The placenta is an organ attached to the lining of the womb during pregnancy. It keeps the unborn baby’s blood supply separate from the mother's.
The placenta is an organ attached to the lining of your womb during pregnancy.
It keeps your unborn baby's blood supply separate from your own blood supply, as well as providing a link between the two. The link allows the placenta to carry out functions that your unborn baby can't perform for itself.
The placenta is connected to your baby by the umbilical cord. Your baby is inside a bag of fluid called the amniotic sac, which is made of membranes.
What does the placenta do?
Oxygen and nutrients pass from your blood supply into the placenta. From there, the umbilical cord carries the oxygen and nutrients to your unborn baby. Waste products from the baby, such as carbon dioxide, pass back along the umbilical cord to the placenta and then into your bloodstream, for your body to dispose of them.
The placenta produces hormones that help your baby grow and develop. The placenta also gives some protection against infection for your baby while it's in the womb, protecting it against most bacteria. However, it doesn't protect your baby against viruses.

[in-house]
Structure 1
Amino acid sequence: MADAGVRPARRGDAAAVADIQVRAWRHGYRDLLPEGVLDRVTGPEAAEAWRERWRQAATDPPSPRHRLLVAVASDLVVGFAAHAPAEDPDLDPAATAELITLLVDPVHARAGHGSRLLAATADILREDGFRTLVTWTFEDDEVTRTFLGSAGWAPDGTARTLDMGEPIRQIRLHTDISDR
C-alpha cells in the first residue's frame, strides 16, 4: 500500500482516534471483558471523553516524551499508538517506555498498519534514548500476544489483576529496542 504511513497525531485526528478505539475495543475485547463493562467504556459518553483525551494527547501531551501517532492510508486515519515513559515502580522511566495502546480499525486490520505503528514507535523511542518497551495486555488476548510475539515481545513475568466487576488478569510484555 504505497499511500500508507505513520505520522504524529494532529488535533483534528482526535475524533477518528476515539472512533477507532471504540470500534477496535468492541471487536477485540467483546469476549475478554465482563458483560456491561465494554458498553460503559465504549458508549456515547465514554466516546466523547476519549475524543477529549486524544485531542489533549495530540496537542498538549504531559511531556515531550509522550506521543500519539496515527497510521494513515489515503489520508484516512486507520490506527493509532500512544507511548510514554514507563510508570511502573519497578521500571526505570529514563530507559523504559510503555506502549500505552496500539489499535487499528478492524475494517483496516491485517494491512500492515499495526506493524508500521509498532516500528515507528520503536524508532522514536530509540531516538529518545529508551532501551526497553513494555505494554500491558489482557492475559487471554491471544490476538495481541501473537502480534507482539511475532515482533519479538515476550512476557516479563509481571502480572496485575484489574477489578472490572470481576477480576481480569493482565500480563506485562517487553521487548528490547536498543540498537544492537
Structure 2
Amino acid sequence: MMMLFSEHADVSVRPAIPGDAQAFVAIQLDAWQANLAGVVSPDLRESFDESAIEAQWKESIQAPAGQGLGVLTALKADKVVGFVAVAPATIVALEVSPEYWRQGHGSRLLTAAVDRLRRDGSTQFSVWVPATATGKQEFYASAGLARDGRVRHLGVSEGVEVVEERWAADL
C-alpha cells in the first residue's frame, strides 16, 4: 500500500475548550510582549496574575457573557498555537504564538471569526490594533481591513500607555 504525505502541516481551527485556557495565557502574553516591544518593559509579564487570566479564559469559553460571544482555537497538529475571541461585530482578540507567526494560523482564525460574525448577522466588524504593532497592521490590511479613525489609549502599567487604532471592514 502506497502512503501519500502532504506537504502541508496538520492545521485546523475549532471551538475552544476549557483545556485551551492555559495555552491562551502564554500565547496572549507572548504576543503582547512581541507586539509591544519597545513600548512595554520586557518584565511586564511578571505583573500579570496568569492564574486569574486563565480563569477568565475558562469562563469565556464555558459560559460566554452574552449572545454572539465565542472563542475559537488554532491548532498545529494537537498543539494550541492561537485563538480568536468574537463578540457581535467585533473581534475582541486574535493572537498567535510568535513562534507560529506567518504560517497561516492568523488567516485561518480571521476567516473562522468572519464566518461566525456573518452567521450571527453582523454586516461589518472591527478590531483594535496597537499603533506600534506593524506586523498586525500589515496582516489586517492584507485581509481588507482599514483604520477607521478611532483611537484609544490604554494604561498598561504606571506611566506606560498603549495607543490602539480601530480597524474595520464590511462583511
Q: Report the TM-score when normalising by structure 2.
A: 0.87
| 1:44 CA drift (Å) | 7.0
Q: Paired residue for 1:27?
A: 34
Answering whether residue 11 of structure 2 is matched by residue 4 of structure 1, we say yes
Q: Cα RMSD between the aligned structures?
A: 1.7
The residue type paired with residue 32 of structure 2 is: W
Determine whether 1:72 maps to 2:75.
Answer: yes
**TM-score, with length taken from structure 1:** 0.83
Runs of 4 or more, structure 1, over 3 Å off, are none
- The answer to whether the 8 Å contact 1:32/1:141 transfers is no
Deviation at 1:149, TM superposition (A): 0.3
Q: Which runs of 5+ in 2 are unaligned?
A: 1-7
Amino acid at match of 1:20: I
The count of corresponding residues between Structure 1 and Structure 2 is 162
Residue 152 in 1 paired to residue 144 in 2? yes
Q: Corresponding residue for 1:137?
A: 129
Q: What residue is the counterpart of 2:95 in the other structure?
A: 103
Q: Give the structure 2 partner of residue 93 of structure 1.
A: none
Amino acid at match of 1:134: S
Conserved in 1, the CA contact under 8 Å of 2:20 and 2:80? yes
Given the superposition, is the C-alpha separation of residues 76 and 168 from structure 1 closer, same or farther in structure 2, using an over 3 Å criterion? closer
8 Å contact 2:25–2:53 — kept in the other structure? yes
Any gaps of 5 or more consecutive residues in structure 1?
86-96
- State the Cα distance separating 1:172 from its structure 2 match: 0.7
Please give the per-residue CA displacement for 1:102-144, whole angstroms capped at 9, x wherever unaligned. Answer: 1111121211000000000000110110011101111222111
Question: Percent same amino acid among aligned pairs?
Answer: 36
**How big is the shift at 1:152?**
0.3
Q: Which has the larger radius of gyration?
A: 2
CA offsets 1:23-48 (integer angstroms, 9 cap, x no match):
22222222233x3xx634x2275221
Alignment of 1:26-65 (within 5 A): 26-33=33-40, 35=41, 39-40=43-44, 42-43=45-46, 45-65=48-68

Alcohol, nicotine and other drugs can also cross the placenta and can cause damage to your unborn baby.
Towards the end of your pregnancy, the placenta passes antibodies from you to your baby, giving them immunity for about three months after birth. However, it only passes on antibodies that you already have.
What happens after my baby is born?
After your baby is born, more contractions will push the placenta out through the vagina.
Your midwife will offer you a medicine to stimulate your contractions and help push the placenta out. They'll inject the medicine into your thigh just as the baby is born. It makes your womb contract so the placenta comes away from the wall of your womb. This also helps prevent the heavy bleeding some women experience.
Breastfeeding your baby as soon as possible after the birth helps your womb to contract and push the placenta out.
Read more about breastfeeding your baby during the first few days.
You may choose to let your body push the placenta out in its own time, which may involve some loss of blood.
After the birth, your midwife will check the placenta and membranes, to make sure that they're complete and nothing has been left behind.
If you have a caesarean section, after your baby is born, the placenta will also be delivered.
Always speak to your midwife or GP if you are concerned about any aspect of your health when you're pregnant. You can also call NHS 111.